Praying Bravely at Pentecost

dandelion in wind - photo by Ivica Drusany/Shutterstock

In the Pentecost account (Acts 2:1–11), the Holy Spirit doesn’t sprinkle down like a gentle rain; it comes “like a mighty rushing wind.” I think about what we do when there are strong winds in Virginia where I live. We take in the wind chimes, secure loose objects, and batten down the hatches. We go inside where we will be safe from the wind.

We have the benefit of hindsight that those first Apostles did not have. They were completely vulnerable in the face of what was coming at them. We, on the other hand, know how the story goes. When we ask the Holy Spirit to come, we are, in essence, throwing open the sashes right as the winds are starting to get strong and just sitting there out in the open. It’s a vulnerable spot.

We can’t go into an interior room and hide behind something like one would when dangerous winds come, because the Holy Spirit fills the “entire house” and the people in it. It leaves no room for anything else. This wind occupies us completely. It will force out anything which is not of the Spirit.

Fortunately, the Holy Spirit is not like wind in Virginia or any other place on Earth. Instead of bringing chaos and destruction, it brings unity and newness. It finds us in a vulnerable spot and empowers us. It takes the community that is already gathered and knits it closer. With the Spirit comes fire that doesn’t destroy, but rather builds and transforms. Out of many peoples from all over the world, it makes one people, gifted abundantly with the ability to understand each other, serve one another, and live in peace as did that first apostolic community, who lived in “one accord” with one another.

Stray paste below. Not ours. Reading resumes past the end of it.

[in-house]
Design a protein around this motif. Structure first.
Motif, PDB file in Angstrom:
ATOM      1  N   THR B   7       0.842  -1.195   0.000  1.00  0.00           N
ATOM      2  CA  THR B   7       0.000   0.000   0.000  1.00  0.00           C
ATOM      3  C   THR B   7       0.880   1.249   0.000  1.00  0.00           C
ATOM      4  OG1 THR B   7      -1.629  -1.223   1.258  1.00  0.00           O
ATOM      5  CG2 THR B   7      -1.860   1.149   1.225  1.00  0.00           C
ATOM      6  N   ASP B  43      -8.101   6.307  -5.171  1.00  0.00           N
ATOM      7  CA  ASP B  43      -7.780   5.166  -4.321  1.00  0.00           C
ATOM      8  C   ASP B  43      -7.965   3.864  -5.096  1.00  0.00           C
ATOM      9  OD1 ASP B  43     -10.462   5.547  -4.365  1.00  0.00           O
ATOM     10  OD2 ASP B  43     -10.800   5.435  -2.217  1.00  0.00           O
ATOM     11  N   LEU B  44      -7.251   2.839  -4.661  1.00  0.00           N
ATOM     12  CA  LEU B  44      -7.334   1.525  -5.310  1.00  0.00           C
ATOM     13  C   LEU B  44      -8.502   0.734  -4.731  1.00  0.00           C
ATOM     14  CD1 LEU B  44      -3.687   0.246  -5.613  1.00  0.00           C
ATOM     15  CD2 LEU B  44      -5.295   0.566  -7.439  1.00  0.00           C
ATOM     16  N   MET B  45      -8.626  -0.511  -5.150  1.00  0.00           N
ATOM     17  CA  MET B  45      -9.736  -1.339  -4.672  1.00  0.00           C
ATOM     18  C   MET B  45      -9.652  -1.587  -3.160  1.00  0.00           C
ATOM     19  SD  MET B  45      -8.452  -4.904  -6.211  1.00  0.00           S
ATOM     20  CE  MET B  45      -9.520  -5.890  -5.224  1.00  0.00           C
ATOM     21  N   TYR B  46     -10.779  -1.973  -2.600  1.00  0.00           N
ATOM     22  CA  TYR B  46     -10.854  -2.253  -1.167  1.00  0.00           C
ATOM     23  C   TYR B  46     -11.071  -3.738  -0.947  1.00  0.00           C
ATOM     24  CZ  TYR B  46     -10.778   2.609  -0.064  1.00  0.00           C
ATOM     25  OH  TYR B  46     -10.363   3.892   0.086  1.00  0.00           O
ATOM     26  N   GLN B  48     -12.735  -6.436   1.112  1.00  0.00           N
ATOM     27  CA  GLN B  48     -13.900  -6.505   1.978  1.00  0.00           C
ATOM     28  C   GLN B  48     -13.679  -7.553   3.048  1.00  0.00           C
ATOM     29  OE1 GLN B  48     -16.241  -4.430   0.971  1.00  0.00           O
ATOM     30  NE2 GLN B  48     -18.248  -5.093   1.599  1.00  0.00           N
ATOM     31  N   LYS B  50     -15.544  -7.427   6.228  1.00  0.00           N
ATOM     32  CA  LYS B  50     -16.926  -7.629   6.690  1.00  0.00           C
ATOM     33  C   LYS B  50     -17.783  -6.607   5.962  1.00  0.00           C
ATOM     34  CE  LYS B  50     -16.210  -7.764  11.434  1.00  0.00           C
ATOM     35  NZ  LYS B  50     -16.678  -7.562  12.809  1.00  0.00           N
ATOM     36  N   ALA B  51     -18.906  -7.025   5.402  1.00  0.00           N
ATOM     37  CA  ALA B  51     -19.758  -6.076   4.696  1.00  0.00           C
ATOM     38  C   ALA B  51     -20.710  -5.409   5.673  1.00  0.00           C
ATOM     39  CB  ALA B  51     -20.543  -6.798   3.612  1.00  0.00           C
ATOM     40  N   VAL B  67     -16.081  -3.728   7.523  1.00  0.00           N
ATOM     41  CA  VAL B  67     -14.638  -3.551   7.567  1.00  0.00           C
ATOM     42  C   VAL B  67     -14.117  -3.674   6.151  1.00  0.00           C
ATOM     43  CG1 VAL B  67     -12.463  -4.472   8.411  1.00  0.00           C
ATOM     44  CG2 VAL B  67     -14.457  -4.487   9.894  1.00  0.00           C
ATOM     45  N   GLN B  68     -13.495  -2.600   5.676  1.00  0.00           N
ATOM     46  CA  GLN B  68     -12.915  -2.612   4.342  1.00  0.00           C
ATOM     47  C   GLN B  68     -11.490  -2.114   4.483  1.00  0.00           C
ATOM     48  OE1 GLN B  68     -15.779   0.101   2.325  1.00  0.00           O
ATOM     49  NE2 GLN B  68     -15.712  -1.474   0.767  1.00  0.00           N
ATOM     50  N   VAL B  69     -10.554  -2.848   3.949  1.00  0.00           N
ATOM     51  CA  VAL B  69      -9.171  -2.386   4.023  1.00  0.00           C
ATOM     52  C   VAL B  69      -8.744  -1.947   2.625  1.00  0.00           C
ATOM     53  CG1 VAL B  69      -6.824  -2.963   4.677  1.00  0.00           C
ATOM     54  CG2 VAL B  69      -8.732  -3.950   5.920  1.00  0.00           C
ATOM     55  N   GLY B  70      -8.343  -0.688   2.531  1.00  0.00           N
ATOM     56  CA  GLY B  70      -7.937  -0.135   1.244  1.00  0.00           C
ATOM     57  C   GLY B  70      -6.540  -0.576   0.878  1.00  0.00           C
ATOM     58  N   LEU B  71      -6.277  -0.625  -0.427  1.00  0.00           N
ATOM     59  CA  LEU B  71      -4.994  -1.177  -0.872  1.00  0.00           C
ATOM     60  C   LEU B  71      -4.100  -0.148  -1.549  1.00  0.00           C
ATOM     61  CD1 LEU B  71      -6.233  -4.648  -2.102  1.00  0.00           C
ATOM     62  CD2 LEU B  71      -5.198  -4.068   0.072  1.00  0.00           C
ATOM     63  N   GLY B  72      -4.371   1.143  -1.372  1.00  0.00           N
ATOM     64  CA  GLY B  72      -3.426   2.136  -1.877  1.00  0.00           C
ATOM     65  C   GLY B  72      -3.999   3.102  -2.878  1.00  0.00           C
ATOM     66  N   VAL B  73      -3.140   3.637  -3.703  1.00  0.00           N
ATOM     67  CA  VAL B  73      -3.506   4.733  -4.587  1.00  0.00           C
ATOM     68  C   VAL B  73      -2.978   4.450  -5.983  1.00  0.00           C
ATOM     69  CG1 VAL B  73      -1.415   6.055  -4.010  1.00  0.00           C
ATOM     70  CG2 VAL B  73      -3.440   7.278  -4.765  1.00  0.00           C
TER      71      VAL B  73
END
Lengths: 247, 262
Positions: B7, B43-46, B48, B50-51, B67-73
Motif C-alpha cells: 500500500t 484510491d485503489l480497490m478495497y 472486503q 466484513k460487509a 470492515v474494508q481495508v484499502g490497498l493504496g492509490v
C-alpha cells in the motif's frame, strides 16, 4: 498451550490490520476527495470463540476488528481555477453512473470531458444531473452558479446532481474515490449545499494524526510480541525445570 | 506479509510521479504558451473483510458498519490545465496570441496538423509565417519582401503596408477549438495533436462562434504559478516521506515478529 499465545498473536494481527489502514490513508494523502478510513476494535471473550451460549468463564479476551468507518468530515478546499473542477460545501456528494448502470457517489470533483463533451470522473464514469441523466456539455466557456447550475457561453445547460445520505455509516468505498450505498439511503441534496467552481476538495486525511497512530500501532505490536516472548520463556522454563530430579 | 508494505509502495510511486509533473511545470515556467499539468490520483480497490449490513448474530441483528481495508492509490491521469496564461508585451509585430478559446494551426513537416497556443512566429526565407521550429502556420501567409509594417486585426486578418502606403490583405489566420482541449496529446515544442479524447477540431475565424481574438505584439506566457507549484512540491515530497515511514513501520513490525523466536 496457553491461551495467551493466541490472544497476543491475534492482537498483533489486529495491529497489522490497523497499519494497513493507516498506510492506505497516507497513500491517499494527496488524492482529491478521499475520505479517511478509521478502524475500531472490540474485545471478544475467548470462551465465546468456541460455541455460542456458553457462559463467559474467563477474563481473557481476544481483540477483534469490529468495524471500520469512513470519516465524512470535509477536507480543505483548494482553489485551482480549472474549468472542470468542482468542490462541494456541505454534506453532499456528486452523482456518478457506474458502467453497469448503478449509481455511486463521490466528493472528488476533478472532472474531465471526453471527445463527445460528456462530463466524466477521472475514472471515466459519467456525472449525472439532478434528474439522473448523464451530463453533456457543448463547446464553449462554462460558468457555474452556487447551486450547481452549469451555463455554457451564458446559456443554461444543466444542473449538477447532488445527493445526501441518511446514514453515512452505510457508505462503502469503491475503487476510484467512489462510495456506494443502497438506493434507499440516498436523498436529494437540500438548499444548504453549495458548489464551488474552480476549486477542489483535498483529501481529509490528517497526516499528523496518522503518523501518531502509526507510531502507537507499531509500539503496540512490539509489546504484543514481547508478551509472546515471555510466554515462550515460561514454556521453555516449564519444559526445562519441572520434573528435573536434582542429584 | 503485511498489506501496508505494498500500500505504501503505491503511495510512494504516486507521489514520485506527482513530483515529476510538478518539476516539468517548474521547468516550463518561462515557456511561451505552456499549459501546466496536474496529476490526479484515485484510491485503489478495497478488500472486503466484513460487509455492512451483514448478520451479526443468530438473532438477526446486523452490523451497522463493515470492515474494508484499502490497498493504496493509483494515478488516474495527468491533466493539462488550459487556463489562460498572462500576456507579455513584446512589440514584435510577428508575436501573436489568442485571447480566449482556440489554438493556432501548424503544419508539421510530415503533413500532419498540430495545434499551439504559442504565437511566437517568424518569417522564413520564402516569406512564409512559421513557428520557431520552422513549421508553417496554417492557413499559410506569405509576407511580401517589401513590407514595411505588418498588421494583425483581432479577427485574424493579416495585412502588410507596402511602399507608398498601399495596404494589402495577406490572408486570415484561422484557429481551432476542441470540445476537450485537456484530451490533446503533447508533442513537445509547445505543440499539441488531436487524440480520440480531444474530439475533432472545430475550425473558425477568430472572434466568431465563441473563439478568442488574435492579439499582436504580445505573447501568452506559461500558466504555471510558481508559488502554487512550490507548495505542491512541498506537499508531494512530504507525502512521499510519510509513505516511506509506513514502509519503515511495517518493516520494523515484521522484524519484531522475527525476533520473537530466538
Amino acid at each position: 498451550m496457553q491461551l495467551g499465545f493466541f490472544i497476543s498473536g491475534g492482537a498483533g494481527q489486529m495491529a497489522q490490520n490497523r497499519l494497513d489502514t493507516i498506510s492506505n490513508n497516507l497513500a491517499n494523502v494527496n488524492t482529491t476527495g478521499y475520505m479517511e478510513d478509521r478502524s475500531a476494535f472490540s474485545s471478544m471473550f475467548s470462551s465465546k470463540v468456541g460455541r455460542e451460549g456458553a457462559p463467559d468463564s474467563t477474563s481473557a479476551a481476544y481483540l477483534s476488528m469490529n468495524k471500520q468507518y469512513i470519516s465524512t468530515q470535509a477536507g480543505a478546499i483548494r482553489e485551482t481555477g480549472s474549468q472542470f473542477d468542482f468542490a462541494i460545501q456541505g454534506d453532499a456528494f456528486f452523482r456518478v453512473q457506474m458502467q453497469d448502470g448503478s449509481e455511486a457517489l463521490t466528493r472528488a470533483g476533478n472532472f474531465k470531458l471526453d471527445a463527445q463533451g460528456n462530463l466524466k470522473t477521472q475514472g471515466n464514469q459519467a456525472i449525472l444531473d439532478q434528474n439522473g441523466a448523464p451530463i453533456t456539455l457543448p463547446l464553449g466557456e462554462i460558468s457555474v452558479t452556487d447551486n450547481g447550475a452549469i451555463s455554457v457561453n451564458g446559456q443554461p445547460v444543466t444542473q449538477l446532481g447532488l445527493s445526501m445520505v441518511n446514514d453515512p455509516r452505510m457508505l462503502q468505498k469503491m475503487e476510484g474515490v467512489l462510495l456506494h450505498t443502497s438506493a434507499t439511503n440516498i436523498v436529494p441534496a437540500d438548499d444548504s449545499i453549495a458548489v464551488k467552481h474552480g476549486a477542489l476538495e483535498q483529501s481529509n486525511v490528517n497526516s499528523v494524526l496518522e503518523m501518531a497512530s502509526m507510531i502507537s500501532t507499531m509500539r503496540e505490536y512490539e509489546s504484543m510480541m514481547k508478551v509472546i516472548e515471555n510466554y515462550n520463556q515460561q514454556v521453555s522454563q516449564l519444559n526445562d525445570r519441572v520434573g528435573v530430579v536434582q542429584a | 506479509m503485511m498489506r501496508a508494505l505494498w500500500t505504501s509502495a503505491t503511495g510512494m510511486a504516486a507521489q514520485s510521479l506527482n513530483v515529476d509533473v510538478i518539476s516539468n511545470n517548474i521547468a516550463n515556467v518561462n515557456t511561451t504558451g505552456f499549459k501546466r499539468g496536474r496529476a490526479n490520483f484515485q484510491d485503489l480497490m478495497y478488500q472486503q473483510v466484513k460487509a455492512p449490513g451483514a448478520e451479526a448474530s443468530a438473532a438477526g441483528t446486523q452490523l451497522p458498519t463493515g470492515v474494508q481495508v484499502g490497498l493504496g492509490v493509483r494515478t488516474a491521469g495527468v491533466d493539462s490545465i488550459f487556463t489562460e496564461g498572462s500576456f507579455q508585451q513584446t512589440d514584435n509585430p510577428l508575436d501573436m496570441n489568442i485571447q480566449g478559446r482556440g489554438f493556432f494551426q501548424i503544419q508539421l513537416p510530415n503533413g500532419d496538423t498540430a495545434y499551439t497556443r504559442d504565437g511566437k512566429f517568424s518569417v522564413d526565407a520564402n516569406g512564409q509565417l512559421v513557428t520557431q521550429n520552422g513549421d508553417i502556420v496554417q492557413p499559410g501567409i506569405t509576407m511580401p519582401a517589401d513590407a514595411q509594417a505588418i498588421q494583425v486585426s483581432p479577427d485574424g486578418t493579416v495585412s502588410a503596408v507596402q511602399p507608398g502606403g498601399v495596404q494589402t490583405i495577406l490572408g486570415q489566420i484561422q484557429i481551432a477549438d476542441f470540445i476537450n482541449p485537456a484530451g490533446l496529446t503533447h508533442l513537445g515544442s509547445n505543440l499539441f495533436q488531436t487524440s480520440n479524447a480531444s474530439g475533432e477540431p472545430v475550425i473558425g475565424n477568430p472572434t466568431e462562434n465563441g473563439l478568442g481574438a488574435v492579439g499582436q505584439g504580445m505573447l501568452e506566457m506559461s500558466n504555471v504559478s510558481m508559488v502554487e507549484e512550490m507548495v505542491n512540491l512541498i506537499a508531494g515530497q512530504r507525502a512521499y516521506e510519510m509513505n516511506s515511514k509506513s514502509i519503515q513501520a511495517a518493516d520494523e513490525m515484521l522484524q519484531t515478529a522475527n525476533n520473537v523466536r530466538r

And while this wind is not destructive, when the Spirit comes, it does disturb the status quo. The Holy Spirit does not leave us unchanged.

So, when we pray, “Come, Holy Spirit,” we should be aware of what we are praying. It’s a brave prayer.

On May 20, 2021, we entered the Ignatian Year. Fr. Arturo Sosa, SJ, Superior General of the Society of Jesus, says the Ignatian Year “is a call to allow the Lord to work on our conversion. We ask for the grace to be renewed by the Lord. We wish to discover a new apostolic enthusiasm inside ourselves, a new life, new ways to follow the Lord. That is why we have chosen as our theme for the year: to see all things new in Christ.”

What better time than Pentecost to ask the Lord to renew us?

Holy Spirit Prayer for the Ignatian Year

Come, Holy Spirit,
Fill us with the fire of your love.
Amaze us.
Astound us.
Occupy our hearts.
Drive out anything that is not of You.

Come, Holy Spirit,
Renew the face of the earth,
This tired and hurting earth.
Teach us to cherish it, care for it,
Recognize your breath in it.

Come, Holy Spirit,
Fill us with the fire of your love.
Open our eyes to see as you see, our hearts to love as you love.
Teach us to listen, dialogue, and understand.
Breathe in us words that console and bring hope
and actions that bring justice and renewal
to the poor, outcast, young, old, and infirm.
Teach us how to live in unity, as one family, with one accord,
Empowered by the winds of your abundant love.

Come, Holy Spirit,
We are ready
To let go of the status quo.
We give you permission to
Disturb us
with the fire of your love.


  1. Thanks Rebecca. Indeed conversion is the need of the hour. Ignatian year is an opportunity for replenishing our toll kit and relaunching in the right direction.
    Blow, blow, blow till I be, but a breath of the Spirit blowing in me.

  2. Wind is BIG in Oklahoma, too! I love this analogy and will share it with my candidates who are receiving the sacrament of Confirmation this Sunday.

    • Hi Faith,

      I’m so glad this imagery spoke to you. Prayers for the new confirmandi and for you too!



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